Hundreds rally in New Brunswick to protest EI changes
Published Wednesday, February 27, 2013 1:27PM AST
Last Updated Wednesday, February 27, 2013 7:50PM AST
About 300 people took to the streets of Shediac, N.B. today to protest changes to the employment insurance program.
The protest started just outside the Service Canada office on Main Street. Police closed the street down as the crowd marched several blocks to the federal building.
Like many workers in the Maritimes, protester Izmael Goguen is employed in a seasonal sector of the economy. He says the changes will hurt seasonal workers.
“I work in the forestry industry so it is going to impact us quite negatively,” says Goguen.
“My father owns a small business. We have some seasonal employees and we are a little bit afraid that we might lose them to the west.”
Organizer Pauline Richard says the changes don’t take regional differences into account.
“You are talking about people who have seasonal work in regions where there is absolutely hardly any work in the wintertime. The rivers are frozen. There is nothing that grows in the fields.”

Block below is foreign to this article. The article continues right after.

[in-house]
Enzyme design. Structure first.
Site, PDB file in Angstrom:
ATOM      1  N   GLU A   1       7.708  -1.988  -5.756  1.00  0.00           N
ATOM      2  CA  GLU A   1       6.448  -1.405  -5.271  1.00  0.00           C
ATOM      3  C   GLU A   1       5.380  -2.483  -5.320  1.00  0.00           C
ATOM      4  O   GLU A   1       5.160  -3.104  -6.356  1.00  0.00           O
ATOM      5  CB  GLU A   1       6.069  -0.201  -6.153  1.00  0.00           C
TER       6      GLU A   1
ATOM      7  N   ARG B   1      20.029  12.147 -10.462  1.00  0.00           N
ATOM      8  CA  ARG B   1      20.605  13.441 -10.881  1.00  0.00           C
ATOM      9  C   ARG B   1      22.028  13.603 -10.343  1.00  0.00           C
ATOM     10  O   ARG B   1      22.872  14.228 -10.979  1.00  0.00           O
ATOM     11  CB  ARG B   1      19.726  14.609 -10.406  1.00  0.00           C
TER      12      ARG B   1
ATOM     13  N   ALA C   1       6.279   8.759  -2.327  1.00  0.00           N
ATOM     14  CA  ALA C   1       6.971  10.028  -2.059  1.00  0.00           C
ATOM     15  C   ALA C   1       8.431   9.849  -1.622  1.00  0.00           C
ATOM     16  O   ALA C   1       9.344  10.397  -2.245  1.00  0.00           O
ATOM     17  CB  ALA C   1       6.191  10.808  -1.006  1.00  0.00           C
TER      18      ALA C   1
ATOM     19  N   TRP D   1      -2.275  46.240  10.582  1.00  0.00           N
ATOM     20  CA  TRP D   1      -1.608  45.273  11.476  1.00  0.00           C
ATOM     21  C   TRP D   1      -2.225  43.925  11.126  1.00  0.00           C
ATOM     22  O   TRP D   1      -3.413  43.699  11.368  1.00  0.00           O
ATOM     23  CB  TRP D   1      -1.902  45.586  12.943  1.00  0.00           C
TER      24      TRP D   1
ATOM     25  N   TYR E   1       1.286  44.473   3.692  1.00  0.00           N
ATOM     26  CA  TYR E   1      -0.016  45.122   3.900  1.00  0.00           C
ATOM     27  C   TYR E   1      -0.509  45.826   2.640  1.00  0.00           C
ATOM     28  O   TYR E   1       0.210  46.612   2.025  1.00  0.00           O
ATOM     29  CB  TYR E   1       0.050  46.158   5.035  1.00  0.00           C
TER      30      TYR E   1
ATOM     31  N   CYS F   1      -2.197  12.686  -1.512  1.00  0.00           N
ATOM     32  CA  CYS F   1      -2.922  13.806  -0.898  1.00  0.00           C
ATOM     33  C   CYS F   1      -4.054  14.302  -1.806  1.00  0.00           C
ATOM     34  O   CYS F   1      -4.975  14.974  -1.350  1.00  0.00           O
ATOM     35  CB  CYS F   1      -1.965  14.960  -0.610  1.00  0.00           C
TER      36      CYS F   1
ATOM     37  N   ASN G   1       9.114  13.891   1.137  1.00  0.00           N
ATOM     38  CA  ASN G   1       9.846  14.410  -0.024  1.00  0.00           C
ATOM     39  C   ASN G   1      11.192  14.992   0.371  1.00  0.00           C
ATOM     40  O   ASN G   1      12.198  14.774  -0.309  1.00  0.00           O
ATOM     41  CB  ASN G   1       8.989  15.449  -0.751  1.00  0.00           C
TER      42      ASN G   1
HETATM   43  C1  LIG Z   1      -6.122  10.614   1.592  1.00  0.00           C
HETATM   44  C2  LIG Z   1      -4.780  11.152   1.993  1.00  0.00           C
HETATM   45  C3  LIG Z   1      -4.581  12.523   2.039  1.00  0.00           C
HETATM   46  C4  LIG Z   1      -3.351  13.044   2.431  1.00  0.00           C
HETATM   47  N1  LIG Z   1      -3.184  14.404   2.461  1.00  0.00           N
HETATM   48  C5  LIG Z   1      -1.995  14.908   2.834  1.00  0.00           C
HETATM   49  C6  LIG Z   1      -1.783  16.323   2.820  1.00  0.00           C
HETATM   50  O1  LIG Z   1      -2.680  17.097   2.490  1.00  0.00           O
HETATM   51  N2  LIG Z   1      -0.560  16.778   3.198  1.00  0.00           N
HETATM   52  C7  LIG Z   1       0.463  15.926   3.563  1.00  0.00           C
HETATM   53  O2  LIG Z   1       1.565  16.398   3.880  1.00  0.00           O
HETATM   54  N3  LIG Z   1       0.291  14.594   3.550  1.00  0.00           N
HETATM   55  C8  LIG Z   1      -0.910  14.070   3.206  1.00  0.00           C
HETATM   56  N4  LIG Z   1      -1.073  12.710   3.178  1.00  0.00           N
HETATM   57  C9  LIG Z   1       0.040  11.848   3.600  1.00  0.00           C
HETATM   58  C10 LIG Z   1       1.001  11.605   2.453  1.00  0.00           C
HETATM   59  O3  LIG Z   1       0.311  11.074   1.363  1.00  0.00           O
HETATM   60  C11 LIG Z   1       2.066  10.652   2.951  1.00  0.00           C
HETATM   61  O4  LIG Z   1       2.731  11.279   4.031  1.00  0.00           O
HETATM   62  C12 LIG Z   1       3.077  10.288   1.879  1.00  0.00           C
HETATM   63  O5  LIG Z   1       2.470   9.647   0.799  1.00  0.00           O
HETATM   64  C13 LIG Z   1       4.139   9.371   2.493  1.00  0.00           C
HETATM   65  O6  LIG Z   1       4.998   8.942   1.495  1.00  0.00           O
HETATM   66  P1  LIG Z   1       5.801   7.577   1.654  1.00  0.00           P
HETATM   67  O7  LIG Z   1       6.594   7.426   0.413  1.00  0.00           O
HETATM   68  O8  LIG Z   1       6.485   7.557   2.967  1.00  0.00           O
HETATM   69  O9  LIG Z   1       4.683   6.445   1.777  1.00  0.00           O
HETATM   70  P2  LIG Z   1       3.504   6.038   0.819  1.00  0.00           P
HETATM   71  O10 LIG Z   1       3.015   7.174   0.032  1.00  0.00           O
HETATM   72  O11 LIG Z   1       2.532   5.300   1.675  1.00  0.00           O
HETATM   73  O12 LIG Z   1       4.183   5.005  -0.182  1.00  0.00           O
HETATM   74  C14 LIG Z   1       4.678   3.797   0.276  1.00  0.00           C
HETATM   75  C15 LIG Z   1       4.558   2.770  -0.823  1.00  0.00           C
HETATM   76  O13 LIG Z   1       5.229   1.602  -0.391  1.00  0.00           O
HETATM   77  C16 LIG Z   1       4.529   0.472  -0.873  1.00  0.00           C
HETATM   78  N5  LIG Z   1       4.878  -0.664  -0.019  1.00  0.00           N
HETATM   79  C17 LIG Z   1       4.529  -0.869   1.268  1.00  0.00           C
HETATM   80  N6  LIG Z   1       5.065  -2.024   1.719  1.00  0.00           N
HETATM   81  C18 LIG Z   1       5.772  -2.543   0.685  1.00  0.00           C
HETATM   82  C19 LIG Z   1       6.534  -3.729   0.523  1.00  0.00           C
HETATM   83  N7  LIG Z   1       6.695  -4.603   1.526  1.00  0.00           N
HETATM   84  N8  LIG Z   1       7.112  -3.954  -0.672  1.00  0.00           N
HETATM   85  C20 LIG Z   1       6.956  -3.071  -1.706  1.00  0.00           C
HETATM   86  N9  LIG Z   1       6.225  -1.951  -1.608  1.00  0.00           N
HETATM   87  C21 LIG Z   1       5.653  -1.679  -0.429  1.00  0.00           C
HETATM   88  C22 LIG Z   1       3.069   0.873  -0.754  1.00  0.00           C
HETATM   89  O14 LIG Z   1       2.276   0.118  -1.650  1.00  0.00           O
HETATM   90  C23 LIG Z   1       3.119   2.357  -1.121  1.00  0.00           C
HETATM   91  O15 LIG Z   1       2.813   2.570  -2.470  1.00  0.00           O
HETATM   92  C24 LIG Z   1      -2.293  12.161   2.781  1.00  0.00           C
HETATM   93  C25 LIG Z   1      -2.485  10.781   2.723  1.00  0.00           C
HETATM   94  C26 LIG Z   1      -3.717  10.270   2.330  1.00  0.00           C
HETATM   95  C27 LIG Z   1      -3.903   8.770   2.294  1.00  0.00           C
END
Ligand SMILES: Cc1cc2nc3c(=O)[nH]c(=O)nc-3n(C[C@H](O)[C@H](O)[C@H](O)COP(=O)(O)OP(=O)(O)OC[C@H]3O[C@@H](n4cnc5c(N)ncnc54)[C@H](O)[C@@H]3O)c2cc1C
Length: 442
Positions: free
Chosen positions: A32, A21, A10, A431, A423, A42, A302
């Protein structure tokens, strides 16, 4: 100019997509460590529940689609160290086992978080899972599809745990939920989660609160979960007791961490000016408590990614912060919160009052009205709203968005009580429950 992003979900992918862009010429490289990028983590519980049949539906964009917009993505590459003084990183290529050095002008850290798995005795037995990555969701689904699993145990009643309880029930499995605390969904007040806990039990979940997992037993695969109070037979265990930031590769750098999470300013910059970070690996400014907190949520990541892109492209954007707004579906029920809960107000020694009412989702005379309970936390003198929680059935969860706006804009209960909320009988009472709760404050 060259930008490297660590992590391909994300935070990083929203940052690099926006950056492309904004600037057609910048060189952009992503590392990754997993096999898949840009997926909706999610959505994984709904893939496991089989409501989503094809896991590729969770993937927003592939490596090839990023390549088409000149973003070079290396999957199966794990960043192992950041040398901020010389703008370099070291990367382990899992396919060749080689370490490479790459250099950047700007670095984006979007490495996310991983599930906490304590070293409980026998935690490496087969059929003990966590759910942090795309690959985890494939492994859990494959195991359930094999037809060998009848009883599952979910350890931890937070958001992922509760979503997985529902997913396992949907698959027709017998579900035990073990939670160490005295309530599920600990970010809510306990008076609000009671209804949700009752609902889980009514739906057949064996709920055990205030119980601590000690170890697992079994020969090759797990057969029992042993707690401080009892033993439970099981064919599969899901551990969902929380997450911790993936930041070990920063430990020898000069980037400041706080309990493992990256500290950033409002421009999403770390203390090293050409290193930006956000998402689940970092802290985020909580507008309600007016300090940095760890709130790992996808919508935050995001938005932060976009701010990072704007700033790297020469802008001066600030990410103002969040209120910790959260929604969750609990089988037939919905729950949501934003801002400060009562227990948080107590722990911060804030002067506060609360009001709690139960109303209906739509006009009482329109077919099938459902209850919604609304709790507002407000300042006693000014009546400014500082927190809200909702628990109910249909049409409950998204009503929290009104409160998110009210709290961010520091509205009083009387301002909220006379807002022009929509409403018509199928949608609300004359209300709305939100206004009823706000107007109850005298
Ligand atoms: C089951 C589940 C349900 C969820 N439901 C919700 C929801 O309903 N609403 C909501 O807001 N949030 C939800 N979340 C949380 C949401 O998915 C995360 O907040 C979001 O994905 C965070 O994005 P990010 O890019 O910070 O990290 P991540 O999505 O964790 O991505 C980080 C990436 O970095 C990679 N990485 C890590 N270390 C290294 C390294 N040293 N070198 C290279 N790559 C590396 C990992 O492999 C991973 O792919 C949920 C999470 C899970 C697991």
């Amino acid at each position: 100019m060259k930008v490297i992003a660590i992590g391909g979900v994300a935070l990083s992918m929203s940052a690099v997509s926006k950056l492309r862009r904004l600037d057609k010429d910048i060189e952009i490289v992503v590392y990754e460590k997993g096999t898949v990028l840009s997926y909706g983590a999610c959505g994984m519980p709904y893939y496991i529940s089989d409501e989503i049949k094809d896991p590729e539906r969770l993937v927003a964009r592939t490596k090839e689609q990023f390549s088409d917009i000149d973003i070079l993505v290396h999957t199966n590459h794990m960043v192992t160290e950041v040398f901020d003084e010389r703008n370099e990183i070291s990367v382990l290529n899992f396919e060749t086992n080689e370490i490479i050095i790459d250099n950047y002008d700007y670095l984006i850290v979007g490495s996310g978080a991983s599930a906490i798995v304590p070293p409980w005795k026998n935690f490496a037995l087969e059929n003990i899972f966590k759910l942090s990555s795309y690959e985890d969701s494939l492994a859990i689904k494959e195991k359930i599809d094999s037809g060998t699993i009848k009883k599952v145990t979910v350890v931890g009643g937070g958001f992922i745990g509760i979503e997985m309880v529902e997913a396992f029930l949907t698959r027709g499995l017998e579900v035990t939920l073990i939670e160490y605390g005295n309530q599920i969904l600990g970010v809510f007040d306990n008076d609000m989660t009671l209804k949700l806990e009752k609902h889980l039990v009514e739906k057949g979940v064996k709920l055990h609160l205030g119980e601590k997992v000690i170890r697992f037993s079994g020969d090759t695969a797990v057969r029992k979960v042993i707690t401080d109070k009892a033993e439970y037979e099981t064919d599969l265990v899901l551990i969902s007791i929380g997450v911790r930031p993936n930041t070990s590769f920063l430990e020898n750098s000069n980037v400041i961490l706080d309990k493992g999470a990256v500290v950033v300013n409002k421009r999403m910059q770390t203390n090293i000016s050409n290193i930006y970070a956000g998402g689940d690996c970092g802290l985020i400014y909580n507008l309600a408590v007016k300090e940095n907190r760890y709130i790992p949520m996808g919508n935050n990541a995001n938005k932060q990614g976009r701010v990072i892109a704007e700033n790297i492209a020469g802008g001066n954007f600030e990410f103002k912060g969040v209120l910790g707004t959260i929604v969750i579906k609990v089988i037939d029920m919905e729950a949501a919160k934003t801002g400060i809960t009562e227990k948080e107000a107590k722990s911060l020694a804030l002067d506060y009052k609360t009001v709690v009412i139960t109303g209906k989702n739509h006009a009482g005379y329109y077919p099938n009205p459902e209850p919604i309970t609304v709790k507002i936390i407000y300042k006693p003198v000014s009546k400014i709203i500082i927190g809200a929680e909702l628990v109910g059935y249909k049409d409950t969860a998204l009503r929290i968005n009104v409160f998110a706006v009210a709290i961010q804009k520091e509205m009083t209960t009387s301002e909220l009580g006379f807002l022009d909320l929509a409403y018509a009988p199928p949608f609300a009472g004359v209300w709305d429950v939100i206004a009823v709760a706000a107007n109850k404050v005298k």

Political scientist Mario Levesque argues EI was only intended as a temporary fix.
“That is not necessarily sustainable in the long term, so what the federal government is, in turn, turning around and saying is, ‘how do we address this? How do we change this in here?’”
Tory MP Robert Goguen is in Ottawa today and was not available for an interview, but he said this week that protesting is not the right approach and that EI recipients should instead be focusing on proving they are actively seeking work.
Today’s protesters are also calling on Ottawa to stop house calls by integrity workers.
Federal employees have been making unannounced visits at the homes of EI recipients as part of an audit as the program undergoes changes, but the house calls are making for some uncomfortable moments.
This week, Ottawa pulled the plug on home visits in New Brunswick due to the backlash, and union leader Daniel Legere says the change should be made nationally.
“And CUPE had real concerns for those workers who were going knocking on those doors because people are upset, people are scared,” says Legere.
Goguen fears the changes will break apart even more families.
“And they will have to go out west because they won’t be able to afford living down here anymore.”
Organizers walked away today but say they will be protesting again soon.
With files from CTV Atlantic's David Bell